Low returns but high volatility: Commodity trading needs bulk investment to generate significant returns. The Bloomberg Commodity Index, which is considered the gold standard, showcased that even the most secured government bonds have historically garnered more returns than commodity trading. It is primarily because of the cyclical nature of the products, which erodes the value of an investment for buy-and-hold investors. Even the secured treasury bills generate higher returns at lower volatility than the commodity market.
Asset concentration: Even when the primary reason to invest in commodities is to diversify the portfolio, commodity investment tools often concentrate on one or two industries, meaning a higher concentration of assets in one segment.
FAQs on Commodity Trading
What is the cash price of a commodity?
The commodity price refers to the actual goods’ price when bought and sold in the real world. It can include other expenses like the cost incurred for transportation and storage of the product.
What does commodity mean?
In the parlance of commodity trading, commodities are primary products or raw materials like metal, agricultural goods, livestock, and energy products that are available for trading in the commodity market.
How is commodity trading regulated?
The Securities And Exchange Board of India regulates the commodity market. There are six commodity exchanges in the country where traders trade in a wide range of products. The commodity market is highly developed and one of the most regulated markets.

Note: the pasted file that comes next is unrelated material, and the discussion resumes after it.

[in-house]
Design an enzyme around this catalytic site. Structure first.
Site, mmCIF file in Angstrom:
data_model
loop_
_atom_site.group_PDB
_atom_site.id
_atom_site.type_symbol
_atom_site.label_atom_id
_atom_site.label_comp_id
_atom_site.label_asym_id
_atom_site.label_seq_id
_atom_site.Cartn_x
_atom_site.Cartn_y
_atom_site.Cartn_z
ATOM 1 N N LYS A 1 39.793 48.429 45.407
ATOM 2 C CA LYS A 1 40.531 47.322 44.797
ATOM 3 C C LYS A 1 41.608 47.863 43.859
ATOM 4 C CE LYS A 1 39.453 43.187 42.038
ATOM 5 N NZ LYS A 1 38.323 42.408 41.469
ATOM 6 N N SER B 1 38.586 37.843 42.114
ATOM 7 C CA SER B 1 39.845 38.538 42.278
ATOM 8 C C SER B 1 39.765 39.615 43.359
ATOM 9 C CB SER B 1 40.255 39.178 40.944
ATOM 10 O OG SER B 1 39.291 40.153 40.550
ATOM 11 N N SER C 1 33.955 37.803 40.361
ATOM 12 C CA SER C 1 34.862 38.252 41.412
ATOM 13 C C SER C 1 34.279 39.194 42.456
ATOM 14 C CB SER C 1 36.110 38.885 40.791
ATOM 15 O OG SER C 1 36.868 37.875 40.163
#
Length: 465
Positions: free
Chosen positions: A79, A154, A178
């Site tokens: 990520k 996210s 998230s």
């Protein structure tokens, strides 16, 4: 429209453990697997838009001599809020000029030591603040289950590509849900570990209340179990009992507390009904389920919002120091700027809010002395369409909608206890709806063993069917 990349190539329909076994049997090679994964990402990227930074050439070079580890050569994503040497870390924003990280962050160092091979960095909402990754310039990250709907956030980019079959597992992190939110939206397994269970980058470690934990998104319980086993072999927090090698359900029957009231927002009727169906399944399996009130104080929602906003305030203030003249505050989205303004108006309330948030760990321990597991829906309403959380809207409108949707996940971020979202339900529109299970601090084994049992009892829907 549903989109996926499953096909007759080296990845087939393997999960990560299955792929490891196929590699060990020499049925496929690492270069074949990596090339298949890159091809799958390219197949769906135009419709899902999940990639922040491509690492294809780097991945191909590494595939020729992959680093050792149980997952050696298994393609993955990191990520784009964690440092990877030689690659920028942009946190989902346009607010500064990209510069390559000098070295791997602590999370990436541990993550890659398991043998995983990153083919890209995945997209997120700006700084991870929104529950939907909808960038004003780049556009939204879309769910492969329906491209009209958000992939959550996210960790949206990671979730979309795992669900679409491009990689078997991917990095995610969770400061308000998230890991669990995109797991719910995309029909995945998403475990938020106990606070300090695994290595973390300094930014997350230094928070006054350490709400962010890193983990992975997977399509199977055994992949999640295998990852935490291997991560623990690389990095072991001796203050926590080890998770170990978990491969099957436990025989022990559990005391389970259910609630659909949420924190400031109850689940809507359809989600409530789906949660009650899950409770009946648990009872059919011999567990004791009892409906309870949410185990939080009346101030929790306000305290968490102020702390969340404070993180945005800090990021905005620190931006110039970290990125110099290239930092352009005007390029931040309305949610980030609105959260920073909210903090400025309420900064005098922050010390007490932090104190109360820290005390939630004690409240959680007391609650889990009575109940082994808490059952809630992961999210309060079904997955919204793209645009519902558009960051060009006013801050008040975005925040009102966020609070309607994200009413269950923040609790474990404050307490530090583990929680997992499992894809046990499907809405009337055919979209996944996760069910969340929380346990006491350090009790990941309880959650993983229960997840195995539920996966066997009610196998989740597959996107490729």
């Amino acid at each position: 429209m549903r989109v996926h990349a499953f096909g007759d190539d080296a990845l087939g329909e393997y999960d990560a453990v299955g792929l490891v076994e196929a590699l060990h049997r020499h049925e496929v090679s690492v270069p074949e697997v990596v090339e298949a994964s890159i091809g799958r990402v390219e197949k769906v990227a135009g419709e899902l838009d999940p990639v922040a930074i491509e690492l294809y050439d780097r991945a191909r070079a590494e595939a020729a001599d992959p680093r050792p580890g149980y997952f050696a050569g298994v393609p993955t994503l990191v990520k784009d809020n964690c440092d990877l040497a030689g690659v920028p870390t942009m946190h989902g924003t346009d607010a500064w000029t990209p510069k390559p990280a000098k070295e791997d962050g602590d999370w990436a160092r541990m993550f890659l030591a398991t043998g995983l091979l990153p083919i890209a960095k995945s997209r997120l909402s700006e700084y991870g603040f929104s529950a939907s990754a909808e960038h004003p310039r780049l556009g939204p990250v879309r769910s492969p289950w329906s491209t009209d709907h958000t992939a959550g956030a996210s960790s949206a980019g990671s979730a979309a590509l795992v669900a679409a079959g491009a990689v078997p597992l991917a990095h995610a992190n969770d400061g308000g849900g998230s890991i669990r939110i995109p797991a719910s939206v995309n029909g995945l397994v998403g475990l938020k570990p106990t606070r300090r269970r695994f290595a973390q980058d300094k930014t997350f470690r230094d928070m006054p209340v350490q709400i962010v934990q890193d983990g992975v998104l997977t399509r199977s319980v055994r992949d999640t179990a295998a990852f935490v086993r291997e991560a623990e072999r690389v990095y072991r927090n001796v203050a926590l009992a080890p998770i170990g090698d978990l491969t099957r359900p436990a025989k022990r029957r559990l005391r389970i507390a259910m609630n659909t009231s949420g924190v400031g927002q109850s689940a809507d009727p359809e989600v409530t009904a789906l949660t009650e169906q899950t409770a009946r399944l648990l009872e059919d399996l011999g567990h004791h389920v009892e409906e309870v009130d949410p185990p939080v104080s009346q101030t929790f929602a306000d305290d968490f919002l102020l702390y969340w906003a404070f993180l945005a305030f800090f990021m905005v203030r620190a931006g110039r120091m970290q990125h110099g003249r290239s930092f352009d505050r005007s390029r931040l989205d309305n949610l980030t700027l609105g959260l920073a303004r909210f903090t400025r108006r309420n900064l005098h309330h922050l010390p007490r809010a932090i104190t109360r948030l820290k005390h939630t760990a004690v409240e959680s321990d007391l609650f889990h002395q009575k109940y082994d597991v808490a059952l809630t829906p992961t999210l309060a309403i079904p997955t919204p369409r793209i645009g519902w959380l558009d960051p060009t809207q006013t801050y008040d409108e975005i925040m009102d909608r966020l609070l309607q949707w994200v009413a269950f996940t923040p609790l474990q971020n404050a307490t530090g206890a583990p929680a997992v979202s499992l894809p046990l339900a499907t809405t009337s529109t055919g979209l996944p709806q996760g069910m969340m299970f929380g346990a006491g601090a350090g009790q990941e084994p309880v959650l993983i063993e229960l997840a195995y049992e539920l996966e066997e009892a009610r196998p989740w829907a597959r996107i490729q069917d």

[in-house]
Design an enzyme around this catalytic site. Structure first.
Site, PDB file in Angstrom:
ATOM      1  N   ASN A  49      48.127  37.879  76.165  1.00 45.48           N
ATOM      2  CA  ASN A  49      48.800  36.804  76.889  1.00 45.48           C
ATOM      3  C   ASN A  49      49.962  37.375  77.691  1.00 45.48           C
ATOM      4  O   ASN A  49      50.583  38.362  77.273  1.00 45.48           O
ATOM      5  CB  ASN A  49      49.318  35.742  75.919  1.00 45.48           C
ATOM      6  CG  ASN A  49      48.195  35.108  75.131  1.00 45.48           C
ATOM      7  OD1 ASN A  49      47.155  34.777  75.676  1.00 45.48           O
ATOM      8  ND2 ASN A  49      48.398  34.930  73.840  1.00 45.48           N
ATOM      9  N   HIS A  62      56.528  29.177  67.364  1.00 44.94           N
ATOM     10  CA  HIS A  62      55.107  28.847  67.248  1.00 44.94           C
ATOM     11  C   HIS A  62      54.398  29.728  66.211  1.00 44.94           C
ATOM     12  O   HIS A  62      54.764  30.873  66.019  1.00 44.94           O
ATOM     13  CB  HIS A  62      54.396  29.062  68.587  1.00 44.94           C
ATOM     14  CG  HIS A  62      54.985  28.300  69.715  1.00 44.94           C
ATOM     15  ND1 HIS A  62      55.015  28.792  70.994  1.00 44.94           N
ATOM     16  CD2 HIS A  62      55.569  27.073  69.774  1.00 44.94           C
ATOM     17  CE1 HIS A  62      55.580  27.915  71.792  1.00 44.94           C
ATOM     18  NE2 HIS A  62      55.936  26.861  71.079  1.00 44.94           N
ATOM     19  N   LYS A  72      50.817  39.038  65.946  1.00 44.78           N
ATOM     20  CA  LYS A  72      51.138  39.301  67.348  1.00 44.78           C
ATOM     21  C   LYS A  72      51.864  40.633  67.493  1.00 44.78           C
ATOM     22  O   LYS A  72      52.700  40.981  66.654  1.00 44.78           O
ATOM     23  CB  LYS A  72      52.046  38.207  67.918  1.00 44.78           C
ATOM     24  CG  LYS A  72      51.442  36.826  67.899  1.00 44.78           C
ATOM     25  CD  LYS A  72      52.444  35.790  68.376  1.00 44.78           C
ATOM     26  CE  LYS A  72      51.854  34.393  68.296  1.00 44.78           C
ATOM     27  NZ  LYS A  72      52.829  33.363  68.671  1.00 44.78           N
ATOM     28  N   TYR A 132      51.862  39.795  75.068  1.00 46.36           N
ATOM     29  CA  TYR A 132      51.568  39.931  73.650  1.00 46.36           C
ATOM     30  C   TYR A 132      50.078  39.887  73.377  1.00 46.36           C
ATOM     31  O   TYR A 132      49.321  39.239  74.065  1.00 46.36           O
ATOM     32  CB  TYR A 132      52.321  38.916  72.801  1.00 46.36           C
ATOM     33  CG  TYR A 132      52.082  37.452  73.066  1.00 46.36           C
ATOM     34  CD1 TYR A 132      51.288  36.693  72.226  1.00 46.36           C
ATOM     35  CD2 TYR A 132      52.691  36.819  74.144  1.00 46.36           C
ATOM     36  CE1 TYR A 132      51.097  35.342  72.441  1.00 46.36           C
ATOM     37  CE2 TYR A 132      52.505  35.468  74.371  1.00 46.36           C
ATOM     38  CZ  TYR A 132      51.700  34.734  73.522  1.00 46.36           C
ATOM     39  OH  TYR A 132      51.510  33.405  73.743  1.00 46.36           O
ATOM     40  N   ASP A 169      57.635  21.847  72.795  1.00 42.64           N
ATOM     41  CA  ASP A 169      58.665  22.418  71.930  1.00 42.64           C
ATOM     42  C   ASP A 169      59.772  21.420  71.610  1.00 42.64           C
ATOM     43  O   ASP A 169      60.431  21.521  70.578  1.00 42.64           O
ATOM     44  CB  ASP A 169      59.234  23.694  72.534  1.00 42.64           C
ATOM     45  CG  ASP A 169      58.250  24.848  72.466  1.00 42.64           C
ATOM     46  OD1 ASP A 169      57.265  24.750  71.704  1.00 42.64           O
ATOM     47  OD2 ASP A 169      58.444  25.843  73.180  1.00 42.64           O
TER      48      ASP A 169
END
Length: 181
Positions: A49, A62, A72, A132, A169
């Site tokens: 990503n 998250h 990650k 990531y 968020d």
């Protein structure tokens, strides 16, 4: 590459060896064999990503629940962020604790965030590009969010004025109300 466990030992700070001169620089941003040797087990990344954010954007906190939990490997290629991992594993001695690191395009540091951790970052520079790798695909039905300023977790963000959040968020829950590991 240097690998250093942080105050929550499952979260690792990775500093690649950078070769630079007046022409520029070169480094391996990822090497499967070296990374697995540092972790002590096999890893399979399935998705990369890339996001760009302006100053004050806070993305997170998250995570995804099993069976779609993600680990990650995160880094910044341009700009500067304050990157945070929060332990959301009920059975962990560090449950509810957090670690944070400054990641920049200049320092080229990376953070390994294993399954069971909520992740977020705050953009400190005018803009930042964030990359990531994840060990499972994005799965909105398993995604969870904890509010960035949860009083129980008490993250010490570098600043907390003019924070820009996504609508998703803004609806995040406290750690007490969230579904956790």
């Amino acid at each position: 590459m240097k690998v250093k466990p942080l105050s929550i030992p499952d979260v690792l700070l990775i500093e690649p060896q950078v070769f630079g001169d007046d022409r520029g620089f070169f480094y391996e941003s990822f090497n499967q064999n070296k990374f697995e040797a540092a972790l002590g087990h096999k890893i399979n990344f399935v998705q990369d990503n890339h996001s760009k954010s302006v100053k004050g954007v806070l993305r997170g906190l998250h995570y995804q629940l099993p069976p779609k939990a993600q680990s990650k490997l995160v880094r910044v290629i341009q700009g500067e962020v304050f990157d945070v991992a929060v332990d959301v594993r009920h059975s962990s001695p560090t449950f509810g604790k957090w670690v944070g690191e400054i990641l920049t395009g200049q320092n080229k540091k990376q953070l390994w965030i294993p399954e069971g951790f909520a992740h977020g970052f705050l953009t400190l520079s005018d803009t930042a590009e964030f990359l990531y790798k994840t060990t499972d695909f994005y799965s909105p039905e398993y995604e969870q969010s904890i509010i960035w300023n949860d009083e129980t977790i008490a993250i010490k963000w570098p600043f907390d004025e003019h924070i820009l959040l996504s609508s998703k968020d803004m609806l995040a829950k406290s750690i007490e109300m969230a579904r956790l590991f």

What items are considered a commodity?
Commodities in the commodity market are available under three major categories.
- Agricultural commodities
- Metal commodities
- Energy commodities
What is the present system of regulation in commodity forward/futures trading in India?
The Forward Market Commission (FMC) is the regulator of the commodity futures market. The current regulation system follows a three-tier approach comprising the Ministry of Finance, Forward Market Commission (FMC), and the exchange.
The government of India formulates the policies regarding futures trading. The FMC, which came into being in 1953, approves the Rules and Regulations of the exchanges following the government’s policies. And thirdly, the bourses provide the platform and framework for trading. The Forward Market Commission regulates the market using the Forward Contract (Regulation) Act of 1952.